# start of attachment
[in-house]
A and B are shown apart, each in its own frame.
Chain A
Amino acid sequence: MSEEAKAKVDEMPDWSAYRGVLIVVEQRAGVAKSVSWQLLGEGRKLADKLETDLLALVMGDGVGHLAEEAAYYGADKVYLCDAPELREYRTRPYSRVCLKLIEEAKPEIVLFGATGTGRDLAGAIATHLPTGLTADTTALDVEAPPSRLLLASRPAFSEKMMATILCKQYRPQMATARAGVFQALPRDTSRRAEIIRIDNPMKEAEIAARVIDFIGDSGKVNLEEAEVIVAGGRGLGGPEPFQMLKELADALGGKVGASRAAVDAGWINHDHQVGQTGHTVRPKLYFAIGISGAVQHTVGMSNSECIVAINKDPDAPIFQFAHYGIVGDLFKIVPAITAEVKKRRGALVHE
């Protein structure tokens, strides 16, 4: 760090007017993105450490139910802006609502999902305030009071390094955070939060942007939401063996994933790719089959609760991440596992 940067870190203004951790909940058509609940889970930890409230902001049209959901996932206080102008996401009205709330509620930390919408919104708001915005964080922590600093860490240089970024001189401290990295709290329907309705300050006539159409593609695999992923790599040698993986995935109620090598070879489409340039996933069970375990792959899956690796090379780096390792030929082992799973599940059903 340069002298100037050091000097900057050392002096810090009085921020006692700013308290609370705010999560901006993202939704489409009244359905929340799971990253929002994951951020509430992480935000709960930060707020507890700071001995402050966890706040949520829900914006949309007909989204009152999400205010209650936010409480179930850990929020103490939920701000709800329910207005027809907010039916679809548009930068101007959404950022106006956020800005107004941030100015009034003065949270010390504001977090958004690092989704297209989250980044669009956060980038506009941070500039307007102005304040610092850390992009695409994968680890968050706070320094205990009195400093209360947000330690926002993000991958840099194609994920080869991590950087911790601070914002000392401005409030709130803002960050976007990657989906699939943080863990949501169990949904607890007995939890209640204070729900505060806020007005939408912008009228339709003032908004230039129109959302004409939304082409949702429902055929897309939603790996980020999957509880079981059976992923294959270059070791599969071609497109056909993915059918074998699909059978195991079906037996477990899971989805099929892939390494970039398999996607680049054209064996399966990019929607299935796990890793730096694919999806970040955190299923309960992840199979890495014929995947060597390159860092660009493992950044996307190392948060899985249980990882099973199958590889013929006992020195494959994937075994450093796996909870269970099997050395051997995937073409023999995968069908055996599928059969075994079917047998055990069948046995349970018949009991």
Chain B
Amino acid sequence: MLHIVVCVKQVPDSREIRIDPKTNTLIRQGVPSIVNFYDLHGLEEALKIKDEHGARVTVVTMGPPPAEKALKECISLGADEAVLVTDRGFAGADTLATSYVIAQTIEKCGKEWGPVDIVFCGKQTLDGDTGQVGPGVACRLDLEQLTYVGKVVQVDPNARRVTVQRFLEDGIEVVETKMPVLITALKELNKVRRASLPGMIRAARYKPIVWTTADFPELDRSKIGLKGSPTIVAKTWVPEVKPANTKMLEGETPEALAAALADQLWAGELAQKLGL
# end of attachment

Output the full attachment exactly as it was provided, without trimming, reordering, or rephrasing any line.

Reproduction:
[in-house]
A and B are shown apart, each in its own frame.
Chain A
Amino acid sequence: MSEEAKAKVDEMPDWSAYRGVLIVVEQRAGVAKSVSWQLLGEGRKLADKLETDLLALVMGDGVGHLAEEAAYYGADKVYLCDAPELREYRTRPYSRVCLKLIEEAKPEIVLFGATGTGRDLAGAIATHLPTGLTADTTALDVEAPPSRLLLASRPAFSEKMMATILCKQYRPQMATARAGVFQALPRDTSRRAEIIRIDNPMKEAEIAARVIDFIGDSGKVNLEEAEVIVAGGRGLGGPEPFQMLKELADALGGKVGASRAAVDAGWINHDHQVGQTGHTVRPKLYFAIGISGAVQHTVGMSNSECIVAINKDPDAPIFQFAHYGIVGDLFKIVPAITAEVKKRRGALVHE
């Protein structure tokens, strides 16, 4: 760090007017993105450490139910802006609502999902305030009071390094955070939060942007939401063996994933790719089959609760991440596992 940067870190203004951790909940058509609940889970930890409230902001049209959901996932206080102008996401009205709330509620930390919408919104708001915005964080922590600093860490240089970024001189401290990295709290329907309705300050006539159409593609695999992923790599040698993986995935109620090598070879489409340039996933069970375990792959899956690796090379780096390792030929082992799973599940059903 340069002298100037050091000097900057050392002096810090009085921020006692700013308290609370705010999560901006993202939704489409009244359905929340799971990253929002994951951020509430992480935000709960930060707020507890700071001995402050966890706040949520829900914006949309007909989204009152999400205010209650936010409480179930850990929020103490939920701000709800329910207005027809907010039916679809548009930068101007959404950022106006956020800005107004941030100015009034003065949270010390504001977090958004690092989704297209989250980044669009956060980038506009941070500039307007102005304040610092850390992009695409994968680890968050706070320094205990009195400093209360947000330690926002993000991958840099194609994920080869991590950087911790601070914002000392401005409030709130803002960050976007990657989906699939943080863990949501169990949904607890007995939890209640204070729900505060806020007005939408912008009228339709003032908004230039129109959302004409939304082409949702429902055929897309939603790996980020999957509880079981059976992923294959270059070791599969071609497109056909993915059918074998699909059978195991079906037996477990899971989805099929892939390494970039398999996607680049054209064996399966990019929607299935796990890793730096694919999806970040955190299923309960992840199979890495014929995947060597390159860092660009493992950044996307190392948060899985249980990882099973199958590889013929006992020195494959994937075994450093796996909870269970099997050395051997995937073409023999995968069908055996599928059969075994079917047998055990069948046995349970018949009991």
Chain B
Amino acid sequence: MLHIVVCVKQVPDSREIRIDPKTNTLIRQGVPSIVNFYDLHGLEEALKIKDEHGARVTVVTMGPPPAEKALKECISLGADEAVLVTDRGFAGADTLATSYVIAQTIEKCGKEWGPVDIVFCGKQTLDGDTGQVGPGVACRLDLEQLTYVGKVVQVDPNARRVTVQRFLEDGIEVVETKMPVLITALKELNKVRRASLPGMIRAARYKPIVWTTADFPELDRSKIGLKGSPTIVAKTWVPEVKPANTKMLEGETPEALAAALADQLWAGELAQKLGL